Patients’ Experiences of Dental Diagnostic Failures: A Qualitative Study Using Social Media


Enihomo Obadan-Udoh, Rachel Howard, Luke Carmichael Valmadrid, Muhammad Walji, and Elizabeth Mertz

April 15, 2024

Objective: Despite the many advancements made in patient safety over the past decade, combating diagnostic errors (DEs) remains a crucial, yet understudied initiative toward improvement. This study sought to understand the perception of dental patients who have experienced a dental diagnostic failure (DDF) and to identify patient-centered strategies to help reduce future occurrences of DDF.

Methods: Through social media recruitment, we conducted a screening survey, initial assessment, and 67 individual patient interviews to capture the effects of misdiagnosis, missed diagnosis, or delayed diagnosis on patient lives. Audio recordings of patient interviews were transcribed, and a hybrid thematic analysis approach was used to capture details about 4 main domains of interest: the patient’s DDF experience, contributing factors, impact, and strategies to mitigate future occurrences.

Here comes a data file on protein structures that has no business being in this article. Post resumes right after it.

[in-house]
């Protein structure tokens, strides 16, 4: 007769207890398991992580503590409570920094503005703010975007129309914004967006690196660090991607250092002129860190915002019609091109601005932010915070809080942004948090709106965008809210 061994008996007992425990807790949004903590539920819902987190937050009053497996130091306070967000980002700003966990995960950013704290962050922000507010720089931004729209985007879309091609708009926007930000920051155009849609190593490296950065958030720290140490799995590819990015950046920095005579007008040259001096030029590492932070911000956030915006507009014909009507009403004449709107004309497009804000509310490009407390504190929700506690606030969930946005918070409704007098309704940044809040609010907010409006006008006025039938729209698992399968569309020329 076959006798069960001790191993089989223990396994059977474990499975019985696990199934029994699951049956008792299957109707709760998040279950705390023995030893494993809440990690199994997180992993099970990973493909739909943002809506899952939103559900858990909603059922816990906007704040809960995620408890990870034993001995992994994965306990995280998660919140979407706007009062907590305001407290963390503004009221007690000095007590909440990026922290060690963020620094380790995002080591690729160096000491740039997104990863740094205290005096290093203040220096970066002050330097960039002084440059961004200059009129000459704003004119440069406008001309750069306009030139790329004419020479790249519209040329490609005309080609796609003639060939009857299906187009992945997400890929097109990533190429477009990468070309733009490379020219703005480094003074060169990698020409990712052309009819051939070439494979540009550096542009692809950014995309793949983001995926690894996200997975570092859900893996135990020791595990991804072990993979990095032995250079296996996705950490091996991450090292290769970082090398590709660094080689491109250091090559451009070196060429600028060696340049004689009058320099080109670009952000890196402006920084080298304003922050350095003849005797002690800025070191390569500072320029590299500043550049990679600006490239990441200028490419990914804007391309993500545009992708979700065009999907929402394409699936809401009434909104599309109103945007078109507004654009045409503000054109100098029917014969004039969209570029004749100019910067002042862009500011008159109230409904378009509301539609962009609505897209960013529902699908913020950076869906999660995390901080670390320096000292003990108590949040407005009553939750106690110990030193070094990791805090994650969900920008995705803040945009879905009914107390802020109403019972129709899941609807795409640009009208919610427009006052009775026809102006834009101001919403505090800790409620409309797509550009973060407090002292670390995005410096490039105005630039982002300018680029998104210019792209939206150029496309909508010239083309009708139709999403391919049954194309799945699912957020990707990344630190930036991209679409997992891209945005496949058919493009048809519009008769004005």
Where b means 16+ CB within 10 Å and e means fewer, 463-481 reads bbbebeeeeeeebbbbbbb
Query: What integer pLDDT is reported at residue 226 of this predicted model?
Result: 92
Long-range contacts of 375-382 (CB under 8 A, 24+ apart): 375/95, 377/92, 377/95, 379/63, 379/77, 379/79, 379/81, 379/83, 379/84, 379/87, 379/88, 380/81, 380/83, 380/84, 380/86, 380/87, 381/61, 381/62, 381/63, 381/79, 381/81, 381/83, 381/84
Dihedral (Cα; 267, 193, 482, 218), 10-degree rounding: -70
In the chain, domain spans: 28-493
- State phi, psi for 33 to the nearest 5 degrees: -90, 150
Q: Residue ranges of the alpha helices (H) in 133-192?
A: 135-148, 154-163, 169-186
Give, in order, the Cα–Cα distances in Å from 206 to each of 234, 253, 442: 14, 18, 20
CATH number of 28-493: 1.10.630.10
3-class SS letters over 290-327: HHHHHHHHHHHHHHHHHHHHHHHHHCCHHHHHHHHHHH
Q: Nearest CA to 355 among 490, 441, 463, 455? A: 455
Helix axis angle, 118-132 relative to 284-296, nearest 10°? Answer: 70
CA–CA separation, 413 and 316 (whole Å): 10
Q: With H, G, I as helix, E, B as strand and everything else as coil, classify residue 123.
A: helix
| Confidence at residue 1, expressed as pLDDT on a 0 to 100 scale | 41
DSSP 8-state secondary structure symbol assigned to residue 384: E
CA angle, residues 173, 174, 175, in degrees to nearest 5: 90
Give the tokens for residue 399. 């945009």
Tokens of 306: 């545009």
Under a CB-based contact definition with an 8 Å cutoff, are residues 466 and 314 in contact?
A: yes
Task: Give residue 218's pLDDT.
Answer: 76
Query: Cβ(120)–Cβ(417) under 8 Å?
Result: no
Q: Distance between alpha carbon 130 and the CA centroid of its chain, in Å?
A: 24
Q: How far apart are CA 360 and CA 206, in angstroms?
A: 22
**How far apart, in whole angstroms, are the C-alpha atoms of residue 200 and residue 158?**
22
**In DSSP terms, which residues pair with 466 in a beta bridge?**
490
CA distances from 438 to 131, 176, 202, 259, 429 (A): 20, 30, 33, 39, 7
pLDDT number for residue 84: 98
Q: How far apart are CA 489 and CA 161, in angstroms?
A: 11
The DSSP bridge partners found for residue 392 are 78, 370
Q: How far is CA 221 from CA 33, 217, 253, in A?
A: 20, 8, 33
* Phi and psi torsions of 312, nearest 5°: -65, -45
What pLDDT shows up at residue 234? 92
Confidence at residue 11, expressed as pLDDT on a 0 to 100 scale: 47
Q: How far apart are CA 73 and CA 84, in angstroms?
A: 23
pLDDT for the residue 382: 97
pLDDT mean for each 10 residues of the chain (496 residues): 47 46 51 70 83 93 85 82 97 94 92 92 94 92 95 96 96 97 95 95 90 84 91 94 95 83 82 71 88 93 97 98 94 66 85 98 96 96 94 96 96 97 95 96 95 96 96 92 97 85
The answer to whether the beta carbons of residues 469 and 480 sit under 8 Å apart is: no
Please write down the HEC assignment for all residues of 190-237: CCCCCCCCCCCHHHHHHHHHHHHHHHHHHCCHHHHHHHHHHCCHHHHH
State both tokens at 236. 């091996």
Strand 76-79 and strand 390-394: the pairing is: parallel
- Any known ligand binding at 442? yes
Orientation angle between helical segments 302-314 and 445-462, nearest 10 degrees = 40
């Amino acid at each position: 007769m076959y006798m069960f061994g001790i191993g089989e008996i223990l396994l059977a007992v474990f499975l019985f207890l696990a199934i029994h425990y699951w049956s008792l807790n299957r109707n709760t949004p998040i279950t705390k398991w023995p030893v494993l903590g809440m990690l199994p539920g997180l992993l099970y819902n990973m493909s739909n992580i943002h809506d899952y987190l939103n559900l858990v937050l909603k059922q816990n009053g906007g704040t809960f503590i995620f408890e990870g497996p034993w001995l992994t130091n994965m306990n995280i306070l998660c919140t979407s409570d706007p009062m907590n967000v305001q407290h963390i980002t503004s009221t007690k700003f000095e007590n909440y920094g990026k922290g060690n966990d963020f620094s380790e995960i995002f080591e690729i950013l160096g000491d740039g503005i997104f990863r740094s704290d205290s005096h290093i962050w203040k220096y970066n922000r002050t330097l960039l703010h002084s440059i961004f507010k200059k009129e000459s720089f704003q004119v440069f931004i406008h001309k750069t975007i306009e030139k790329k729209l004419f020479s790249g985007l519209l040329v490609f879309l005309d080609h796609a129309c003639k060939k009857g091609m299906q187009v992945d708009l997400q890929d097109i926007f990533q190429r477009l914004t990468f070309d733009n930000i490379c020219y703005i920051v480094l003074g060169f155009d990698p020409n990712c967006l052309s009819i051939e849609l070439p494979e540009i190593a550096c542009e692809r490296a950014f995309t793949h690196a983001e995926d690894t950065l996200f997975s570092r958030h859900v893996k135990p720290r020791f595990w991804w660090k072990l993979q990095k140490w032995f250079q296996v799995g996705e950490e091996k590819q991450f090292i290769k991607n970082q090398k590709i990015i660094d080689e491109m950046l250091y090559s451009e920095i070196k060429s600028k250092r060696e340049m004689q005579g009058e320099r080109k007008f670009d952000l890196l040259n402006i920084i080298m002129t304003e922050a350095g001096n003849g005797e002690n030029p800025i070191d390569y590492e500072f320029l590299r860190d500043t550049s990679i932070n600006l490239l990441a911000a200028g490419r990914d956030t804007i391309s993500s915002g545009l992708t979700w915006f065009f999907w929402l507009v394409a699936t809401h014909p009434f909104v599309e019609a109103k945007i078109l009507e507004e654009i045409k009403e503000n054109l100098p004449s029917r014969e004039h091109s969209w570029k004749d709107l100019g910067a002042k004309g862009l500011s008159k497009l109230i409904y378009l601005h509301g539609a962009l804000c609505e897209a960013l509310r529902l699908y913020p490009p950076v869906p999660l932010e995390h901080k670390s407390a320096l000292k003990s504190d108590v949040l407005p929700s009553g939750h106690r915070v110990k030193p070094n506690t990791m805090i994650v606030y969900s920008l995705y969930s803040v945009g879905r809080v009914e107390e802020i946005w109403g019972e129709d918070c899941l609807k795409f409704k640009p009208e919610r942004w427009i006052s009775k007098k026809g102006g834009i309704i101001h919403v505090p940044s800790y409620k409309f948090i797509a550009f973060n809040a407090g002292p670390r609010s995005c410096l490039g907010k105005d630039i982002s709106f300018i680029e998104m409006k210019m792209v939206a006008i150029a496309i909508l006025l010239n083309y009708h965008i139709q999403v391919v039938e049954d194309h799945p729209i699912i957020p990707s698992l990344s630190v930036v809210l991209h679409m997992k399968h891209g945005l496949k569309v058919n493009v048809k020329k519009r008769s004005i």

Results: Dental patients endured prolonged suffering, disease progression, unnecessary treatments, and the development of new symptoms as a result of experiencing DE. Poor provider communication, inadequate time with provider, and lack of patient self-advocacy and health literacy were among the top attributes patients believed contributed to the development of a DE. Patients suggested that improvements in provider chairside manners, more detailed patient diagnostic workups, and improving personal self-advocacy; along with enhanced reporting systems, could help mitigate future DE.

Conclusions: This study demonstrates the valuable insight the patient perspective provides in understanding DEs, therefore aiding the development of strategies to help reduce the occurrences of future DDF events. Given the challenges patients expressed, there is a significant need to create an accessible reporting system that fosters constructive clinician learning.